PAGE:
Red Cedar- Juniperus virginiana:  Cedar wood is used to make closets, chests and armoires because of its ability to repels bugs and inhibit the growth of mold.  It protects clothing, documents and other fibrous material from damage. It has been used by ancient cultures in the embalming process for its preservative capabilities.  This Solar tree is masculine in nature, and represents male divinity.  Cedar of Lebanon was highly prized in ancient times and was said to have been used in the construction of the Hanging Garden of Babylon and in Solomon’s Temple.  It is a most popular and widely used ritual incense in Mesopotamia and by Native American cultures.  The scent promotes spiritual consciousness and deepens our contact with the divine.

Juniper- Juniperus communis:  Juniper has been used throughout the Old World for protection, purification, and healing.  It was used in ancient Sumer, Babylon and Egypt to honor deities and is used throughout norther Europe in recaning rituals.  Recaning is also spelled reconning (reek-en-ing), and is the Northern European equivalent to smudging, known in Scotland and Ireland as saining.  Juniper is also a solar and fiery plant, and is associated with both male and female energies.  It is a plant of the Sun, but also of the Underworld.  It can be used medicinally to detoxify the body, like many other cleansing herbs.  Its essential oil is antiseptic and destroys parasites.  Use Juniper to purify the home and purge it of negativity.

Juniper. Wikipedia.

Lavender-Lavandula spp.: Lavender is a well known herb, commonly used for its relaxing effects.  It is associated with the element of air and the planet Mercury.  It is sacred to Hermes and Hekate, and like many plants contains both light and dark virtues.  It is mostly known for its healing and calming energies, and can be burned for purification or to asperge blessed water.  The essential oil deters fleas and moths.  It is antiseptic and antibiotic, healing cuts, burns, bites etc.  It is also naturally detoxifying, and is one of the safest essential oils.  Lavender invites tranquil, soothing energy and cleans the air making it perfect for purification, especially after a long winter.

Myrtle-Myrtus communis: An herb of Venus and the Moon, Myrtle is used in rituals of love, fertility, and is used to enhance youth, bring peace and attract money.  As an herb used in cleansing it has the benefit of creating a peaceful and loving atmosphere.  It was used in ancient Roman festivals dedicated to the goddess Venus, in which women bathed in Myrtle scented baths and wore wreaths of the plant material.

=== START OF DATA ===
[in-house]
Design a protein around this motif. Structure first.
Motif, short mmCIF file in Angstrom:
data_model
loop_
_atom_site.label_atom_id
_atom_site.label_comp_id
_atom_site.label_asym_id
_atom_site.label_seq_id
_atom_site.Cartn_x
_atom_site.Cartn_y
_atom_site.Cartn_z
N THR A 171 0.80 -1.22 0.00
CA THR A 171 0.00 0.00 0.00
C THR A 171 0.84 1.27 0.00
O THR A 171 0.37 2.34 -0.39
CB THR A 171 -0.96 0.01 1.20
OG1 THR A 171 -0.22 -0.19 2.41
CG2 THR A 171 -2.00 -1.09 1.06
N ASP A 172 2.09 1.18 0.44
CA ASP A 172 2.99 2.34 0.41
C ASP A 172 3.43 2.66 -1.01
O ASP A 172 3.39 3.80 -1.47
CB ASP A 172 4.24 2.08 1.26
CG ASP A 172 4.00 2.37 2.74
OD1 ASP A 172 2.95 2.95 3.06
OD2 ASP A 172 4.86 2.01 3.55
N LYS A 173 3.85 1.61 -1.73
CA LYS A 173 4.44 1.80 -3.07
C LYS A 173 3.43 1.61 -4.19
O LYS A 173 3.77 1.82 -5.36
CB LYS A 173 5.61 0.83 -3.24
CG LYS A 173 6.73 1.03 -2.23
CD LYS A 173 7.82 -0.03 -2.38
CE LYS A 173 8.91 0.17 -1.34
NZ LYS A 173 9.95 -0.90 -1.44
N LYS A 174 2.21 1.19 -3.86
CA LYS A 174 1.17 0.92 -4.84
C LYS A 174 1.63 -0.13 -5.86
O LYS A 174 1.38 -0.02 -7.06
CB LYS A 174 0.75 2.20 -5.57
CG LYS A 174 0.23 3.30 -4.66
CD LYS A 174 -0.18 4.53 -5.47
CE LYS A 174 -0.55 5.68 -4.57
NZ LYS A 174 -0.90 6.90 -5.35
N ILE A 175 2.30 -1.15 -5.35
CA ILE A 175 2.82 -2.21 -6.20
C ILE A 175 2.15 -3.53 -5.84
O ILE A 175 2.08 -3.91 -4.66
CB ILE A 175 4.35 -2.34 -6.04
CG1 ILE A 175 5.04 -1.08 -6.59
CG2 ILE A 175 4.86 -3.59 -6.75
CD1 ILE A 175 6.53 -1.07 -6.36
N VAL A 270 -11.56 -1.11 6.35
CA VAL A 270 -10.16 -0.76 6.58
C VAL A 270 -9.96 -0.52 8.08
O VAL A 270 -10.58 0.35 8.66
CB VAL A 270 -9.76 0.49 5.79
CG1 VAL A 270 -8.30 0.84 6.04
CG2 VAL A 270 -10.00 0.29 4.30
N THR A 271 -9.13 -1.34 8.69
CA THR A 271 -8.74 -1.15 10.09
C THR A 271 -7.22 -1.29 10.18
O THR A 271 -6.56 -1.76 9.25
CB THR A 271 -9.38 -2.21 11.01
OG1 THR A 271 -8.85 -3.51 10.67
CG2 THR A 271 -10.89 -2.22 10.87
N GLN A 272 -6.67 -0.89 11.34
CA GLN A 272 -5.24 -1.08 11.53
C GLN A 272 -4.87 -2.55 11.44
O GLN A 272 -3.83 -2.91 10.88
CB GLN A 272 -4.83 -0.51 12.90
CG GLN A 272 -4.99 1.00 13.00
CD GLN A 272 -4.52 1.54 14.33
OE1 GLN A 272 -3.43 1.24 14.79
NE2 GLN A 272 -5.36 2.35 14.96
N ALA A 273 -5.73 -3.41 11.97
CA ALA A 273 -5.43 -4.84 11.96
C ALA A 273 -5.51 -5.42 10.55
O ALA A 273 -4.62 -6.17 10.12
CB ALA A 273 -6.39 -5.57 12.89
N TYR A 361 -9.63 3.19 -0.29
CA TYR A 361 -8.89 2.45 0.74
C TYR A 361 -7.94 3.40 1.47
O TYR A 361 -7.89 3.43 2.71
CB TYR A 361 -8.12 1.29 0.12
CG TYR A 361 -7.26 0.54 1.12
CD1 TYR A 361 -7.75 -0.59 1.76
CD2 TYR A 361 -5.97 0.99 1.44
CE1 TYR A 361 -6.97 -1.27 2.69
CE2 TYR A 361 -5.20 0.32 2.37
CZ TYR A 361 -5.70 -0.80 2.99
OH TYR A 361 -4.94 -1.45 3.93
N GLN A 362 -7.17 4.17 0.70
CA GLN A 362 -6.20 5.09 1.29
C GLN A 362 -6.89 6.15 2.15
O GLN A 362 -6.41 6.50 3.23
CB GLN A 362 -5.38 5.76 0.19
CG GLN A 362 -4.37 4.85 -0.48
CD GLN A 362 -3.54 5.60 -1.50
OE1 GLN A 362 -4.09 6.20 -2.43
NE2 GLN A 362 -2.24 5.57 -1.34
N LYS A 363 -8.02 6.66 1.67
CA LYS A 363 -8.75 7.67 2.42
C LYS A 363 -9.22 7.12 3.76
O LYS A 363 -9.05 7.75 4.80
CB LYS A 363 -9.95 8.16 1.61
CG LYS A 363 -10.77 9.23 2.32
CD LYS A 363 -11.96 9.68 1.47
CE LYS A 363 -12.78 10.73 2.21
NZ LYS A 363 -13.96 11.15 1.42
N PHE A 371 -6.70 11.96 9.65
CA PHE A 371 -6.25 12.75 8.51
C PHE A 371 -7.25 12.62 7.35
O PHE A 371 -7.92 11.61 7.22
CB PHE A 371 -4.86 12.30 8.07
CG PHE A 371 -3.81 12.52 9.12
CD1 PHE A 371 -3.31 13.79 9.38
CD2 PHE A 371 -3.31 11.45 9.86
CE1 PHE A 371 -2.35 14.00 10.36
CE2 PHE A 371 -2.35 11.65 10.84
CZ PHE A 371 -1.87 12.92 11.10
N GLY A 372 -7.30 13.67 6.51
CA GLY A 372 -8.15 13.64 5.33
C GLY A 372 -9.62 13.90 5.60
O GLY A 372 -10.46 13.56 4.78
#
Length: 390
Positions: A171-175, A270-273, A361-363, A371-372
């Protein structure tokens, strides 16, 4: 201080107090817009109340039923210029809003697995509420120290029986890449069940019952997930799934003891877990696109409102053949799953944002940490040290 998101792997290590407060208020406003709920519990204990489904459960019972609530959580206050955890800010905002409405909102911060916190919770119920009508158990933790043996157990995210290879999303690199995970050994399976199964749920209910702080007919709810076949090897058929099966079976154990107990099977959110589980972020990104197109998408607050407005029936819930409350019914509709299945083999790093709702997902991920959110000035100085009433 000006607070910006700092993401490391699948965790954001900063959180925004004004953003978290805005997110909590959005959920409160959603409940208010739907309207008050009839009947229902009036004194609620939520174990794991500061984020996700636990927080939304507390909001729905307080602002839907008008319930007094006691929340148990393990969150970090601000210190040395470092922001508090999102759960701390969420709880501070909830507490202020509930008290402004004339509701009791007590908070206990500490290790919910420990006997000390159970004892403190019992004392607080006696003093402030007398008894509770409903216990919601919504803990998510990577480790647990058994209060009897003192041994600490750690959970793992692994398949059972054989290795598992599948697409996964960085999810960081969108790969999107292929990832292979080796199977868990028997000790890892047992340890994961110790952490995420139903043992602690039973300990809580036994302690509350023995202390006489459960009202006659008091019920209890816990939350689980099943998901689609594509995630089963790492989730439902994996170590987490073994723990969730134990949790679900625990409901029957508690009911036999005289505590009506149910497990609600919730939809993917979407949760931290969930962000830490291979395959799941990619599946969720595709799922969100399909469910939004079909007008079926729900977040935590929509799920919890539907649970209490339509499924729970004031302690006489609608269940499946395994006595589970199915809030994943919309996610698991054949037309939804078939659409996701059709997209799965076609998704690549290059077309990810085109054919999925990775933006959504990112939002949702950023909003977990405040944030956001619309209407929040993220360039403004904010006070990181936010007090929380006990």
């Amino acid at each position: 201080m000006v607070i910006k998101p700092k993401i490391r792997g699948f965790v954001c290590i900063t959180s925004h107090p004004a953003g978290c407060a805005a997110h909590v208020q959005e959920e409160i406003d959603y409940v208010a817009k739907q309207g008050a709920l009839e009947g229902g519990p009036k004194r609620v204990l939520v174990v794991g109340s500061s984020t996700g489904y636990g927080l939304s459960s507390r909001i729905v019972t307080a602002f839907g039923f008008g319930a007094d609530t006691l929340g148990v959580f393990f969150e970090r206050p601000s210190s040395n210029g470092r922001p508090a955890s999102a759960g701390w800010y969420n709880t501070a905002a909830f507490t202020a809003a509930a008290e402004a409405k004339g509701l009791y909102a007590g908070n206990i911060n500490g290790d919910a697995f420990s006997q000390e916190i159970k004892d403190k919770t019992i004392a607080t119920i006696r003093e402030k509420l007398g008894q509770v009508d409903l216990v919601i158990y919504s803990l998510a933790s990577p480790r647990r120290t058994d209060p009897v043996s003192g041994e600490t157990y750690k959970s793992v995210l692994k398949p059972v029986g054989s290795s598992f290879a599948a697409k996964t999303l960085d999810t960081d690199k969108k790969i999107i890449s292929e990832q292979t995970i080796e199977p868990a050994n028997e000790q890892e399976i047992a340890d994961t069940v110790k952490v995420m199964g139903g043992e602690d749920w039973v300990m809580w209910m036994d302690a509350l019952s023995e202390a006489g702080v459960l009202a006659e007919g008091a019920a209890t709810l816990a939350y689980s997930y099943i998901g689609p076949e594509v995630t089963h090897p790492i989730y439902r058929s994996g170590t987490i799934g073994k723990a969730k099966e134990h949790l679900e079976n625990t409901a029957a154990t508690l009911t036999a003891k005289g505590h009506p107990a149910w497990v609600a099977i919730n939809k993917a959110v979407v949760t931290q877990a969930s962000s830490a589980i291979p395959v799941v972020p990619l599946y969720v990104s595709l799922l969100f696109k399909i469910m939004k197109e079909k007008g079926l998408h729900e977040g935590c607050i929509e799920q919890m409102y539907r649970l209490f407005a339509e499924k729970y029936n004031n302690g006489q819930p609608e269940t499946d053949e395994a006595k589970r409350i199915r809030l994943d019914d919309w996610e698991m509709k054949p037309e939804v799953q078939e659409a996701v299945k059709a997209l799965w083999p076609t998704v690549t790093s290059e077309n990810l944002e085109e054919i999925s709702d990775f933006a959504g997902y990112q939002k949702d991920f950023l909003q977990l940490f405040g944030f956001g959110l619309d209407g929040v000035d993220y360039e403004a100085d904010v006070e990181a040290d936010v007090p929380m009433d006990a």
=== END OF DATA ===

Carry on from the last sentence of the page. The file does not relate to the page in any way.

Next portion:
Mugwort– Artemesia vulgaris:  A quintessential witching herb, Mugwort has many uses of interest to the magical practitioner.  Mugwort is used for spiritual cleansing, protection, healing and consecration.  It is associated with the Full Moon and the Summer Solstice, although it is used throughout the year.  It is one of the Nine Sacred Herbs of Germanic lore.  Smudge sticks can be made from bundles of dried Mugwort, and wands can be fashioned from large mature stalks.  It is also left as an offering on the shrine, and placed around tools used for divination.  It is quick to burn, and makes good kindling for sacred fires.  The plant infusion is traditionally used in washes for spiritual objects, amulets, psychic tools and the like.  In Northern Traditions, Mugwort is known as the plant of Midgard.  It is used in purifying magic to create a sacred space, and ensure the return of a journeying spirit to the Middle Realm.

Mugwort. Wikipedia commons.

As the weather gets nicer, Springtime is our first opportunity since late fall to get outdoors and connect with the awakening spirits of the growing half of the year.  This is the perfect time to perform cleansing and rededication rituals to pursue your goals for the new seasons.  Take advantage of this time to make offerings and renew your relationship with the spirits of the land as they awaken from their wintry sleep.

References:

northernshamanism.org/the-nine-sacred-herbs.htm

circlesanctuary.org/index.php/circle-magazine/sample-articles/ritual-tools-sacred-work-with-mugwort